Coffee isn’t just the beverage that helps us start our work day. As a food technologist and the resident Research and Development expert at Seven Miles, I understand that coffee is an intricate balance of aroma and taste, that I personally love to savour and continue to learn about. In fact, coffee is the most complex of all foods I have worked with in over 25 years experience in the food industry. Each step, from the coffee variety and growing conditions, through to processing, roasting, blending and brewing affects the quality of the coffee and, ultimately, its flavour.
Being responsible for quality assurance and research & development at Seven Miles, I visit coffee farms and facilities from around the world to carefully select and buy the finest green beans. Travelling to coffee producing countries has given me a broader perspective on the whole coffee growing process. Understanding that every country is unique has led me to a better appreciation of soil and climatic differences, and how they affect coffee growing.
Different regions producing unique coffees
Each coffee region has its own green bean specifications, quality grading, processing, and even measurements of coffee. In Costa Rica, for instance, farmers are protected by a Coffee Board, which consists of eight members, five of which represent the farmers. There are minimum prices in place and the farmers are paid on the spot. In cases where a farmer’s coffee fetches a higher price, the farmer is given the difference. Otherwise, the farmer has already been paid, so the exporter has to absorb the cost.
In Papua New Guinea, farmers and their families have their own gardens where they grow crops to either eat or sell. This means that if the conditions are not right for them (if prices are too low or they don’t need the money), farmers will not bother to harvest the coffee, as they can rely on other resources from their garden. It is common for kids to go to their parents’ garden, dig up something to eat, make a little fire, and cook their goodies if they get hungry during the day.
In Tanzania, I had the chance to visit Blackburn Estate, which is located right next to a conservation area. Although there are measures in place, such as wildlife corridors to divert animals from the coffee crops, they are free to wander through the farm. If you look at the shade trees amongst the coffee plantation, they all have marks from elephants rubbing themselves against them. We were told to be careful when moving around the estate, as buffalos are not uncommon and can be very dangerous.
Usually coffee pickers are paid by volume. However, at Blackburn Estate, pickers are paid a fair fixed fee per day and are not allowed to pick more than three buckets of 20 litres per day. This ensures that only the perfectly ripe cherries are picked, rather than pickers stripping all they can, and that the people are not overworked.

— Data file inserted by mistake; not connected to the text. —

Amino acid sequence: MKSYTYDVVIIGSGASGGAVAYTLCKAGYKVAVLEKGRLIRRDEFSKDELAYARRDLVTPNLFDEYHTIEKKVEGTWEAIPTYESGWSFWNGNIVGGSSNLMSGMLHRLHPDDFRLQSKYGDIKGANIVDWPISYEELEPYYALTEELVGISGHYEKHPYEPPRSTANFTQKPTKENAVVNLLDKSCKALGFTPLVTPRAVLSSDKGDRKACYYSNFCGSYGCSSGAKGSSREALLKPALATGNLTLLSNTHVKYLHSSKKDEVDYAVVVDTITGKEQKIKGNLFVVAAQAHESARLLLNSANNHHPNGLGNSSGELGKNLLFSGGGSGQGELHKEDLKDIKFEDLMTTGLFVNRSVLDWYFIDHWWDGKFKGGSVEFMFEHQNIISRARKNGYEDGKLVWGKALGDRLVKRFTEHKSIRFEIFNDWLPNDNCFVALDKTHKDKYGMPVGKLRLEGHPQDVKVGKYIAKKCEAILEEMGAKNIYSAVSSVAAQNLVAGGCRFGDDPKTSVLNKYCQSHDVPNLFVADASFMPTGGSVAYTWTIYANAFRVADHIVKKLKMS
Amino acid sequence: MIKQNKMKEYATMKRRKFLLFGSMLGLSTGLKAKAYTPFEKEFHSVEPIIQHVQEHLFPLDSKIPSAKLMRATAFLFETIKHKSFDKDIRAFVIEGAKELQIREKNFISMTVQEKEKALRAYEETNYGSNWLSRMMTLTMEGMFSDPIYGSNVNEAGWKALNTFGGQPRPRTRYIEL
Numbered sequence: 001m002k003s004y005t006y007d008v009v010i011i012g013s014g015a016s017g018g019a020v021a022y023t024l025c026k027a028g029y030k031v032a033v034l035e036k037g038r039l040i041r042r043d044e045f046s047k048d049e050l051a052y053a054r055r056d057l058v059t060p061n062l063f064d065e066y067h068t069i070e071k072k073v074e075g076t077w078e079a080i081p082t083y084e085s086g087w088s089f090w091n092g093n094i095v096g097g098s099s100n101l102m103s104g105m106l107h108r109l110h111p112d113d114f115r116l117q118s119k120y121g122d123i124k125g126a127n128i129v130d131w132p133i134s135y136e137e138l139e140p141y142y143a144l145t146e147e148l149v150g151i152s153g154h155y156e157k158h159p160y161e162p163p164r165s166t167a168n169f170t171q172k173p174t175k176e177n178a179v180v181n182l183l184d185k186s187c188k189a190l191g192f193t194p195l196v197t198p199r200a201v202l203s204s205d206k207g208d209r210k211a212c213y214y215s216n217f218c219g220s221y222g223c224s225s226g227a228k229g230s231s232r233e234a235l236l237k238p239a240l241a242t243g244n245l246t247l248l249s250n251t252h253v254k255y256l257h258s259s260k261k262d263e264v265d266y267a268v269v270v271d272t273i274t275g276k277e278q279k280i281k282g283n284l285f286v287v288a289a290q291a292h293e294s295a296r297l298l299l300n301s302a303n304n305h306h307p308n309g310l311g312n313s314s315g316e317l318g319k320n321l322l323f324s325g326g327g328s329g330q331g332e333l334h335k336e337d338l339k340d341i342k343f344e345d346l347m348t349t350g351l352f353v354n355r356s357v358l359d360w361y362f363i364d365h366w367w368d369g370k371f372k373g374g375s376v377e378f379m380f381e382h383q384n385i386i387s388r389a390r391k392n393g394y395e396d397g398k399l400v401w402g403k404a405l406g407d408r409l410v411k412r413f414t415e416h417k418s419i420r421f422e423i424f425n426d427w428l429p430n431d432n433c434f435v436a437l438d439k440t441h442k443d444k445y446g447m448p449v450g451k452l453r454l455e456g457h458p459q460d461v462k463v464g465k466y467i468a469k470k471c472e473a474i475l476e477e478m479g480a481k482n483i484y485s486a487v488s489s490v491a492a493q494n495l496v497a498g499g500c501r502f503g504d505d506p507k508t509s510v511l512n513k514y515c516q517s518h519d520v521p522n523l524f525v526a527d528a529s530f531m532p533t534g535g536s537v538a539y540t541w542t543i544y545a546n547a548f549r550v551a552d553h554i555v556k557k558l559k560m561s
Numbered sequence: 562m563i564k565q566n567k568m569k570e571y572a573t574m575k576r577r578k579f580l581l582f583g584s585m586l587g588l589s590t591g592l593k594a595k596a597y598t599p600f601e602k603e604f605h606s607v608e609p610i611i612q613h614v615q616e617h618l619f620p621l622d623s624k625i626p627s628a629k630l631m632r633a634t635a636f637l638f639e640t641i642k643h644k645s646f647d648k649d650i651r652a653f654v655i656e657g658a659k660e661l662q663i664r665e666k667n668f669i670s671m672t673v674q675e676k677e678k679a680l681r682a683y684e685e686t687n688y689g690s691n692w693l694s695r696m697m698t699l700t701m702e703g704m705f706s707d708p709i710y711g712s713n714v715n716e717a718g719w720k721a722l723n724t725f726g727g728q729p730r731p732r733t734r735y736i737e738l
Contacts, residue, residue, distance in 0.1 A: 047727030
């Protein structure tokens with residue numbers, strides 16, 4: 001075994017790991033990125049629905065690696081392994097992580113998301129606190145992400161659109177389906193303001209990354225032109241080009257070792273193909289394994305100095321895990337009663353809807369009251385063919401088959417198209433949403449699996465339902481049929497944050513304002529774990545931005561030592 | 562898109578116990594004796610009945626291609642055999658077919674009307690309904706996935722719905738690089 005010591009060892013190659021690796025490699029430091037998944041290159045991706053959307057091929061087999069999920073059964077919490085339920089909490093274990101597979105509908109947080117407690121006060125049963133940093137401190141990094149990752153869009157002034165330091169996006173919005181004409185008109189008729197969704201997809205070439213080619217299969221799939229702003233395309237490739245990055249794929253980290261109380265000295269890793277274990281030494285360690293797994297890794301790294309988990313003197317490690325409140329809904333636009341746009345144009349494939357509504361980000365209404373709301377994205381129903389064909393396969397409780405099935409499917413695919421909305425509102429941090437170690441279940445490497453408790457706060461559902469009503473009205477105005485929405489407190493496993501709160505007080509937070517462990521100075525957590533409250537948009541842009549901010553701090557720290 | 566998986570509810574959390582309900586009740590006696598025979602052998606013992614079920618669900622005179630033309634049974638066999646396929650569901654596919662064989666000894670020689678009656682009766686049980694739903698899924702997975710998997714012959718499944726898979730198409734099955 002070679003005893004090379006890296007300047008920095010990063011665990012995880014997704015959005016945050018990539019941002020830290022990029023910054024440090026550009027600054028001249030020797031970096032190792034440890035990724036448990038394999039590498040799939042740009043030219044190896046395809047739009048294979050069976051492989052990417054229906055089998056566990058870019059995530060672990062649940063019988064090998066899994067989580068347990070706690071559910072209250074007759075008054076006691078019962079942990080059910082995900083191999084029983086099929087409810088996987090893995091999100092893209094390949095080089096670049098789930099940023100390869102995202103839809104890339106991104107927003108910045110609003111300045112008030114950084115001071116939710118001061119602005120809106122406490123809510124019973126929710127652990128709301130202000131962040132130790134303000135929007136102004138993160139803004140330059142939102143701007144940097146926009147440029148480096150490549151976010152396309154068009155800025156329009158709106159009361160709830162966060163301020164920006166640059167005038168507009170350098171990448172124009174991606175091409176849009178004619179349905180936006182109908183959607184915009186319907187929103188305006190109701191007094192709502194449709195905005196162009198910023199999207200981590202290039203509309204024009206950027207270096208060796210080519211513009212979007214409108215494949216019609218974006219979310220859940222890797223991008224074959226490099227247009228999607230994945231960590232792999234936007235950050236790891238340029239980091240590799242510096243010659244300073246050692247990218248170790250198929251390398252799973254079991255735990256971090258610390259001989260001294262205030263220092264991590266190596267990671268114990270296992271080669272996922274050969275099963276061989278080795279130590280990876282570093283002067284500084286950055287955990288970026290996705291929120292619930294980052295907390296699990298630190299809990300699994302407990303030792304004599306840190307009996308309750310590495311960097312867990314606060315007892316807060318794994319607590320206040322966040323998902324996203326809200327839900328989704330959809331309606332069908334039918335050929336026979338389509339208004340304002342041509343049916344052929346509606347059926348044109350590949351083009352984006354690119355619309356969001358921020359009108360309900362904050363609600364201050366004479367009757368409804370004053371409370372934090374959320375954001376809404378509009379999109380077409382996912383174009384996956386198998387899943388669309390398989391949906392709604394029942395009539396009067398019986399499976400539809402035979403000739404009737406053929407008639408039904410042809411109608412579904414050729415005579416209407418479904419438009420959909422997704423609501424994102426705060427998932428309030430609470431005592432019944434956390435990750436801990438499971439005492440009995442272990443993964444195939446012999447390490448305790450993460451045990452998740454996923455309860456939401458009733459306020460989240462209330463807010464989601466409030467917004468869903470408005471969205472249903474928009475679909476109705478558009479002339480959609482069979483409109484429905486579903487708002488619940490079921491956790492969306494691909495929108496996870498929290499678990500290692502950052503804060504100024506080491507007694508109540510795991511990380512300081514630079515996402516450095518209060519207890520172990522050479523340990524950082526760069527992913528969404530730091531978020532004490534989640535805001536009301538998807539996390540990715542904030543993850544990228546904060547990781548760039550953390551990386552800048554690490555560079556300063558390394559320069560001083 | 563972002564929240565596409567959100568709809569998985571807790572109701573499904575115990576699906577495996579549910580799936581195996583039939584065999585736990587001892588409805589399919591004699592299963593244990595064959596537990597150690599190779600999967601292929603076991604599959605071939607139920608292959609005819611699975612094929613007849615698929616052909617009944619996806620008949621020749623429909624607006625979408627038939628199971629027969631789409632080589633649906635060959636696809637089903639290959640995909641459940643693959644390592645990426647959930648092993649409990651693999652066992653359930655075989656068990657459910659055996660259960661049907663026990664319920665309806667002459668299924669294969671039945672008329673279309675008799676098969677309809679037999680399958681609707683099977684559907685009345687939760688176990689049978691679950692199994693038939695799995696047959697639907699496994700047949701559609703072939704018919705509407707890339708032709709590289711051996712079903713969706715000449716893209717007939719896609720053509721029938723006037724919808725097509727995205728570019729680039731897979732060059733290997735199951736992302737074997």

Blackburn Estate’s owner Michael Gehrken is very analytical and uses loggers to collect data from all areas of his farm such as temperature, humidity and rainfall, and to determine their effect on the coffee. He knows every bird and beetle that exists on his farm and how they benefit his technically ‘organic’ estate.
Relationships within the coffee industry
In any industry, personal relationships are vital. I’ve had the privilege to meet face-to-face with many local authorities, professionals, distributors and agencies during my travels. Seven Miles is also increasingly buying directly from farmers, thus assisting them to develop their coffee by paying premiums over the market price for them to invest and make further improvements to their farming process.
We have seen our relationship with many farmers improve their business greatly, such as Dionicio Aguilar, from the Rioja region in Peru. He is strongly committed to making improvements to his farm and coffee growing practices, and we are proud to work in partnership with him in this process. We also continue to work closely with reputable brokers who have a good understanding of quality, and have developed ethical practices in dealing with local producers.
By travelling to origin, Seven Miles has been able to assist many local farmers, such as Dionicio, to further develop their coffee. We had previously been unaware of the existence of many of these programs carried out by our reputable brokers, which without a doubt provide substantial benefits to local farmers, and most likely are not advertised or appreciated by consumers.
More than just business dealing, every trip is an opportunity to connect on a personal level with people, their lives and their culture. All around the world I have been able to experience the fascinating influence that coffee can have on a community, which makes my role even more exciting and meaningful.